It was a frigid fall morning in Upstate New York. The seven of us unloaded ourselves from the van our teacher had rented and we spilled out into a parking lot outside of one of the libraries at Syracuse University. I remember looking up at the brick building in awe, marveling at the ivy lacing different parts of the exterior. What were people like who passed through here? What would they become?

We were enrolled in an experimental research course at our high school entirely concocted by our teacher, and this trip was part of the curriculum she assembled for us to engage in empirical research on a topic of our choice. The principal of our high school didn’t like this class. We were already nationally ranked in Science Olympiad — a golden jewel for many parents who saw such competitions as a ticket to Ivy League admissions — and a small enrollment course for empirical research was of dubious value to the principal.

But this class changed my life. I will forever remember being let loose in the university library with the only objective being to find journal articles or books related to a topic I wanted to study. I stood before floors and floors of shelves with topics unknown, and I somehow had to figure out what mattered to me. Looking back, it felt something like an Escape the Room challenge. Us students fanned out across the library, beginning our efforts to map the space and locate what we needed.

For some reason, my topic of choice was ornithology. I honestly can’t tell you why I was so into this. But my family still jokes about the time my sister asked me to use my research knowledge to identify the bird that pooped on our parents’ car.

Anyways, birds. I had somehow figured out how to use the computers on the main level of the library to locate which floor books related to that topic were on, and found what seemed like a few interesting articles published about birds’ songs. I used a dinky pencil and recycled piece of paper adjacent to the computer to write the code to locate the articles, and set about finding it. I climbed four flights of stairs and found myself alone in the book stacks, and managed to locate the first article. Confused, I eventually realized that the article was bound in a hardcover “book” that was actually a volume of the journal that included many other articles, too. I opened the table of contents, located the piece, and flipped to the page to discover what I was looking for.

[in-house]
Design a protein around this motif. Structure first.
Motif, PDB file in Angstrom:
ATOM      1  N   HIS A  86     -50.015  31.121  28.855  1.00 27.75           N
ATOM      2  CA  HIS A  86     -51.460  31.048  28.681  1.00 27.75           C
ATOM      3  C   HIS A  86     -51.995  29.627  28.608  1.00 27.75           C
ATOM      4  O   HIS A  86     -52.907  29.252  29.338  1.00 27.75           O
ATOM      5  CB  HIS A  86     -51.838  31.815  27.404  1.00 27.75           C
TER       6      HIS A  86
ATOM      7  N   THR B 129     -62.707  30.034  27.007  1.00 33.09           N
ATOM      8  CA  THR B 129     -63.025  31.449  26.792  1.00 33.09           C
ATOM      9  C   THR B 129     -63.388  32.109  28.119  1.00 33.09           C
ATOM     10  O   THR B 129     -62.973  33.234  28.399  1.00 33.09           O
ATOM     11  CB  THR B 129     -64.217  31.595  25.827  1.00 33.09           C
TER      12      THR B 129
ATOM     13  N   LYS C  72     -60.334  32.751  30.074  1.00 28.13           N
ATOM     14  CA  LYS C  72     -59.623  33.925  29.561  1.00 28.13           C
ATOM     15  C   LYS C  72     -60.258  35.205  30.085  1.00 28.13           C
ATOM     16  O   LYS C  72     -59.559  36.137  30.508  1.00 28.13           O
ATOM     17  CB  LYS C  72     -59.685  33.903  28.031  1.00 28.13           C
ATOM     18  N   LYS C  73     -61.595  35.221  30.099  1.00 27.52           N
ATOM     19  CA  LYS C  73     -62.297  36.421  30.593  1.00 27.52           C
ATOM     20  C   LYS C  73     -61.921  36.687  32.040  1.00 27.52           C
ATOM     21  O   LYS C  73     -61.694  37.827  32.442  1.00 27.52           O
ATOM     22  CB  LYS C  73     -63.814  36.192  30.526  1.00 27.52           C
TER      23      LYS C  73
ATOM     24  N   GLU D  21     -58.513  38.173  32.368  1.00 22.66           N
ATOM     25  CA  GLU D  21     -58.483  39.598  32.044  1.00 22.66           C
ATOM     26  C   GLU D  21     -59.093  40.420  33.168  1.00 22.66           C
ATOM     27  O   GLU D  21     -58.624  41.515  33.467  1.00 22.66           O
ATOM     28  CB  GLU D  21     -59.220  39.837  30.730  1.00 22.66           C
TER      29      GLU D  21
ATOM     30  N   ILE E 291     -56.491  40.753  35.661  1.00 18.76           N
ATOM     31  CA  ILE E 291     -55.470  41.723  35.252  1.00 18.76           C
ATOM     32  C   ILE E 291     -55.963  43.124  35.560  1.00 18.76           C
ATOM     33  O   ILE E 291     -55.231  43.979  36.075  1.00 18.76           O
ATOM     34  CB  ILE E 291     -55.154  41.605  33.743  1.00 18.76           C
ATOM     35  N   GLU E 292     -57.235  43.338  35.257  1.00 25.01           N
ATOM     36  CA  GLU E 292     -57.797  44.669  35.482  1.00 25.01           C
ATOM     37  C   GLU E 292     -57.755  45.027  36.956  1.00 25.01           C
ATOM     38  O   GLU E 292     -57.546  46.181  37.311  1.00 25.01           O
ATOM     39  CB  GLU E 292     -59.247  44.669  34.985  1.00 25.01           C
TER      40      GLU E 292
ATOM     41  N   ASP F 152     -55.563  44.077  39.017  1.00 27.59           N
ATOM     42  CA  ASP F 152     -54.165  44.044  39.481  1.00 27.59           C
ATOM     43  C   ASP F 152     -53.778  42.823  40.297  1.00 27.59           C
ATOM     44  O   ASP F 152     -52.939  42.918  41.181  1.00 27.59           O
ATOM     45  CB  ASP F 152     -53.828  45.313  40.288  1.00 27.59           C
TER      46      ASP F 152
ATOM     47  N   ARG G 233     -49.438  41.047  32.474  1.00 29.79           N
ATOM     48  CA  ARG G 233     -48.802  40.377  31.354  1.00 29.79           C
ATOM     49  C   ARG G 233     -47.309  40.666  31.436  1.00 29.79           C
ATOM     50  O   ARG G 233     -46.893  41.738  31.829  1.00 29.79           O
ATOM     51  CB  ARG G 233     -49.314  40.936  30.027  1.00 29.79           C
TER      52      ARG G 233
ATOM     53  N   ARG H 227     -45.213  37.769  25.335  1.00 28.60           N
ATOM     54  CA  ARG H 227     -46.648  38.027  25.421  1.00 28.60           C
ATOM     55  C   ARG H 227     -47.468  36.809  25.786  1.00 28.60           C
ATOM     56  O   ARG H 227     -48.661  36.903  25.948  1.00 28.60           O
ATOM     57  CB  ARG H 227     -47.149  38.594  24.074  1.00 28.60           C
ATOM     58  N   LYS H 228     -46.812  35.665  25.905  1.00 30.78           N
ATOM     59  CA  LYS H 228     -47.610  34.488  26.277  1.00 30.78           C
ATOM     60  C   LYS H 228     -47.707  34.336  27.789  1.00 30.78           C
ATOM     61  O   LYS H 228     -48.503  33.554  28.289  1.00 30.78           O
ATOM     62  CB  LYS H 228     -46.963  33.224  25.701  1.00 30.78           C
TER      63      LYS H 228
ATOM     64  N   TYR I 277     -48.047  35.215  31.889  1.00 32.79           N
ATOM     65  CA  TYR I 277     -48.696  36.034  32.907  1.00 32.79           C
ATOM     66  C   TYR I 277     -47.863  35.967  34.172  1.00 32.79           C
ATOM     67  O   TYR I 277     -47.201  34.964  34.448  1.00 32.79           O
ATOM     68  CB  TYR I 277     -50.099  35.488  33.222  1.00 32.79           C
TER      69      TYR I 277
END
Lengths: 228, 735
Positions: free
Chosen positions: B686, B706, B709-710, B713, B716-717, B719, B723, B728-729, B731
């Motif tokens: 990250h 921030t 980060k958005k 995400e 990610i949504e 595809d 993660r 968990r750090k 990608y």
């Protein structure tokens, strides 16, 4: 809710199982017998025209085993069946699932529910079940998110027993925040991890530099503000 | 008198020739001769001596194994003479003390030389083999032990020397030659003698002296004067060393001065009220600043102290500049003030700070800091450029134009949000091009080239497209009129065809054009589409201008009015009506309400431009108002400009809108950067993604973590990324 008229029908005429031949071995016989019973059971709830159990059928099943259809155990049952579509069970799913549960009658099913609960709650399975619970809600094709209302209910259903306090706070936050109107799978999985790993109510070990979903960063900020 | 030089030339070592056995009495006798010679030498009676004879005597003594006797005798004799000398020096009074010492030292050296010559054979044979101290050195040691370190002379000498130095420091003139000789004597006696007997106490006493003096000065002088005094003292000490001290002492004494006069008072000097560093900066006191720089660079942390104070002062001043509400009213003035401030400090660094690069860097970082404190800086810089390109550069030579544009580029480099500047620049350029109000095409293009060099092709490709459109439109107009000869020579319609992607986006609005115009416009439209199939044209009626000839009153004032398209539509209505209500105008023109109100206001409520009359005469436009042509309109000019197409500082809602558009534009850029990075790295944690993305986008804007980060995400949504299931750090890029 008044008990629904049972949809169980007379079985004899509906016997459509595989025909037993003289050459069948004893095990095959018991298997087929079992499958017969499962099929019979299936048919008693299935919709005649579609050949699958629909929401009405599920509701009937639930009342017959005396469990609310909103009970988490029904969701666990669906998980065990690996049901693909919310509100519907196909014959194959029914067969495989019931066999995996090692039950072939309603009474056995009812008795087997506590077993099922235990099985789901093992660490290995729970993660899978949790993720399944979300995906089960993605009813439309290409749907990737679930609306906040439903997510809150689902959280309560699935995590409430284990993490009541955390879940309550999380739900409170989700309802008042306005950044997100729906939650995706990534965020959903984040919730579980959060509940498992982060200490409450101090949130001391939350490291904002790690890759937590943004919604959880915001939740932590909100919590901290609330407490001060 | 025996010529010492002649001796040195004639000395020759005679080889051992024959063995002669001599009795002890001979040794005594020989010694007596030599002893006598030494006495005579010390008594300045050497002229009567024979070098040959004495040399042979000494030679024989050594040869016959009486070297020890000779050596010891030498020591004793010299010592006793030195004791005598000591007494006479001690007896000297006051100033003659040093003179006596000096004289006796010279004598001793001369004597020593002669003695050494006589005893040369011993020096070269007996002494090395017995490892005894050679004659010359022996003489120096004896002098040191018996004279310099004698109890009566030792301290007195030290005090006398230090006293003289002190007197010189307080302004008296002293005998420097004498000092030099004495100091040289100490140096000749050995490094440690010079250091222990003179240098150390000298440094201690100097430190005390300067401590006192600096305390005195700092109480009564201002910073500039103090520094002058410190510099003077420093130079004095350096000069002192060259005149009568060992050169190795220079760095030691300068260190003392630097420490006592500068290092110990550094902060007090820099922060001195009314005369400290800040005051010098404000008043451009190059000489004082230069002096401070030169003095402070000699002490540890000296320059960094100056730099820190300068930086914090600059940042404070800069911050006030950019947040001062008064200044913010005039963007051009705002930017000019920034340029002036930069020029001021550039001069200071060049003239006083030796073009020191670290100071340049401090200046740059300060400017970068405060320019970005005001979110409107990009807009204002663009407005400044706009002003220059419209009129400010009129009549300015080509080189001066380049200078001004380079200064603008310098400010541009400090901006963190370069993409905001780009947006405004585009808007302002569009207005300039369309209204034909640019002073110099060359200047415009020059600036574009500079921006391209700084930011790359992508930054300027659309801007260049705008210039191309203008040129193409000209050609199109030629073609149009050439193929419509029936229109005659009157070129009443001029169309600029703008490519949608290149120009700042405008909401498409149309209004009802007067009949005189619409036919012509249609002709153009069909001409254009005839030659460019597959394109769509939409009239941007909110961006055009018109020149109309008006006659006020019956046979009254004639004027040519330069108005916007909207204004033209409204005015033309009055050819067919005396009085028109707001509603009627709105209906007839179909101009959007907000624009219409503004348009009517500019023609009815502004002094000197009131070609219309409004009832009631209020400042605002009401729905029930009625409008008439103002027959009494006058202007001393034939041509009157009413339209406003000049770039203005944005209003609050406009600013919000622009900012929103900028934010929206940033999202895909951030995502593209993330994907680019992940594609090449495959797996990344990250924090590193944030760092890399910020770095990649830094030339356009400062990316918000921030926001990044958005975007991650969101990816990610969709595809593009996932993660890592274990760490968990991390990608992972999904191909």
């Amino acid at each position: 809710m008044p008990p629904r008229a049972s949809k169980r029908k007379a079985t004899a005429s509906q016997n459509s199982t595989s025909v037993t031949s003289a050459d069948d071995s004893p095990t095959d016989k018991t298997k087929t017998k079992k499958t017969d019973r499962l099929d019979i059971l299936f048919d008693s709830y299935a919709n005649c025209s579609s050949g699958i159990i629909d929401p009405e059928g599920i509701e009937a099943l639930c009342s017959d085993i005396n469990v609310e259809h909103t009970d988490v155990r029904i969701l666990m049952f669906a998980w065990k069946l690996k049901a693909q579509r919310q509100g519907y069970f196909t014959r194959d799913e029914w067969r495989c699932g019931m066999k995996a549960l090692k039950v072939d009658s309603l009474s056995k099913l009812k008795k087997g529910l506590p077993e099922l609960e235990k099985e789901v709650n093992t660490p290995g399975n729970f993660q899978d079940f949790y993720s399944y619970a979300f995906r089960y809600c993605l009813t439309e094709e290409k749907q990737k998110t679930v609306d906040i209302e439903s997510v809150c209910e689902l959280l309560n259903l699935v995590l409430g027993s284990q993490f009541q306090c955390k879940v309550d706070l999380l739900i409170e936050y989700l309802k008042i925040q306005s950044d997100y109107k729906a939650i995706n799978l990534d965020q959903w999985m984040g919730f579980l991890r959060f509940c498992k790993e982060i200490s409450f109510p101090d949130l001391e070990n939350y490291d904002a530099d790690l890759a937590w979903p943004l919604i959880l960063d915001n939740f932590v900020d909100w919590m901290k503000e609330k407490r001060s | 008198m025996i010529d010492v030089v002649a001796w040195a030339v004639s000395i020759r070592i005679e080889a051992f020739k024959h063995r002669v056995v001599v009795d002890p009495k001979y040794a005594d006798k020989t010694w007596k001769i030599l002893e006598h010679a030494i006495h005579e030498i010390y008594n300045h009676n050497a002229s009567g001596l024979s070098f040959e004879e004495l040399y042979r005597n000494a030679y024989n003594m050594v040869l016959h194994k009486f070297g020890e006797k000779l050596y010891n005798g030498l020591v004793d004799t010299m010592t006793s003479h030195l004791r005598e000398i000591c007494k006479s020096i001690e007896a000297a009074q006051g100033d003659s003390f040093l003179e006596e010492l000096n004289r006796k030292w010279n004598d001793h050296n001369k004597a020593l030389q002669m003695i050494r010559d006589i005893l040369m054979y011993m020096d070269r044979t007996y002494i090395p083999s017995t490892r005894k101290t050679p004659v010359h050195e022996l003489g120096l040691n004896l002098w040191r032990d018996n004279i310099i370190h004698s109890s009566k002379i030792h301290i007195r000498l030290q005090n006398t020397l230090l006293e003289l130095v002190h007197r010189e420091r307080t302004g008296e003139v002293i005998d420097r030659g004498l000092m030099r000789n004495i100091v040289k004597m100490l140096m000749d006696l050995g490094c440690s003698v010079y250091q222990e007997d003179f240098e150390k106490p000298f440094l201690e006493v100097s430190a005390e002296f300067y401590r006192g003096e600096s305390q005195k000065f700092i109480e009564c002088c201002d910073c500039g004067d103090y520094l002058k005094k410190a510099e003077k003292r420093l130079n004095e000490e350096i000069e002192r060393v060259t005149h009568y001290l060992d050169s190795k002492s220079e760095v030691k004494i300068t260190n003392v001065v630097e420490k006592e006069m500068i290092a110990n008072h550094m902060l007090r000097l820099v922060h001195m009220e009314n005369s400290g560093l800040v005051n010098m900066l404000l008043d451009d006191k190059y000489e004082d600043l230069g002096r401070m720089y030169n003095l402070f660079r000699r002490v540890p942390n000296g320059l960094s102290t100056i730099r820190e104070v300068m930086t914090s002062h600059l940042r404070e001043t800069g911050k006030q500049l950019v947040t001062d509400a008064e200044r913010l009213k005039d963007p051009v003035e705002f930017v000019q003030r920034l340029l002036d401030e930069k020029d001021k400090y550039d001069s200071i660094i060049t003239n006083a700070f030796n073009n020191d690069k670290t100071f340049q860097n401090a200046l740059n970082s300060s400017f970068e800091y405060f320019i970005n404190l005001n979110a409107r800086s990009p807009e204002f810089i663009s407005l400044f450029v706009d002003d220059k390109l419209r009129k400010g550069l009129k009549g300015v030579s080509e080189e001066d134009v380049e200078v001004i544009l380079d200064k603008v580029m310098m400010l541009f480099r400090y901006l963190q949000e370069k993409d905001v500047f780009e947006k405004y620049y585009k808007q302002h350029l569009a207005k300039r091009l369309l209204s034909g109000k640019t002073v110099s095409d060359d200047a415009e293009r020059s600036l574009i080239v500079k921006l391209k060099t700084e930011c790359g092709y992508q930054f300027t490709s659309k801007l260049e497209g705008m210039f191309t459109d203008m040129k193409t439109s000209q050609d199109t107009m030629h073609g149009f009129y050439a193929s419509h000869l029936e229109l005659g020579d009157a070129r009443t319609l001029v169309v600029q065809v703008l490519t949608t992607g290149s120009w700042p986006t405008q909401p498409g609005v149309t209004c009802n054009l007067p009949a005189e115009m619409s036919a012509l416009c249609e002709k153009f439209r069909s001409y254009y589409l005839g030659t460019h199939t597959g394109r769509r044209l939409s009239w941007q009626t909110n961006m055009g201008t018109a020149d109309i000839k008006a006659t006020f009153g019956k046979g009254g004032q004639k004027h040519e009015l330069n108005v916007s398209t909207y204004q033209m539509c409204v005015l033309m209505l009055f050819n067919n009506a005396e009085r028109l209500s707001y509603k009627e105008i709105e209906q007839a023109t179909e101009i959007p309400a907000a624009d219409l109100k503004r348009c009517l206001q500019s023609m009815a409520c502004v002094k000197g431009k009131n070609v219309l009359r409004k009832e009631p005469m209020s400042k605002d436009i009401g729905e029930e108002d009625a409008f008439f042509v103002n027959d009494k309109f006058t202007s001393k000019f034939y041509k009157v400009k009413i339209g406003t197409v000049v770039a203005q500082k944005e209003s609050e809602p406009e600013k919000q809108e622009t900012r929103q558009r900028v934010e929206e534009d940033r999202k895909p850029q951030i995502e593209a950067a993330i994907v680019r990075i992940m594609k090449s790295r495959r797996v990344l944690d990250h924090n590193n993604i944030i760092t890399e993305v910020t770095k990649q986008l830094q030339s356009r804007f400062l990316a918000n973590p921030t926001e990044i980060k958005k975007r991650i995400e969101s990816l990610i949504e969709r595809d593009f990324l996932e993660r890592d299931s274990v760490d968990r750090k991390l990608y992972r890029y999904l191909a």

Photo by Luis Tosta

Initially, I was disappointed with what I had found. The article was seemingly illegible to me. The authors dropped Latin names for different species of birds that I didn’t recognize, and the discussions they shared referenced theories and formulae I knew nothing about. But the figures were beautiful — illustrations of what seemed to be representations of bird songs and repertoires that could be compared between species. How did they develop those? What did it show them?

But it wasn’t until I reached the end of the article that I found something that changed me forever, and to this day inspires me to conduct research and write. It was the bibliography. In the pages that followed, I saw countless articles that were related to song repertoires. Some of them were dated into the early 1900s. I noticed not just studies about birds but human infants, too, and something called “object permanence.” How could research about birds be related to human infants? What was object permanence, and who was this Jean Piaget character referenced over and over by all these different authors?

I used my dinky pencil and recycled paper to note articles with interesting titles, walked back down to the computer by the main floor, and refocused my hunt. Certainly this still felt like a puzzle I was trying to solve, but it seemed much greater. I had stumbled upon a hidden world of people and their knowledge, and these bibliographies were maps that showed connections between them. I wanted to see the webs more clearly.

This is why I write. Even as someone working outside of the academy with no formal pressure to publish, I find writing to be an exhilarating exercise in understanding those webs of meaning and contributing to it in my own way. And who knows — there’s a chance that one of my citations might illuminate for someone where else to go next on their journey in the way it did for me.

sociology phd. tech researcher. author. digitaldivisions.org

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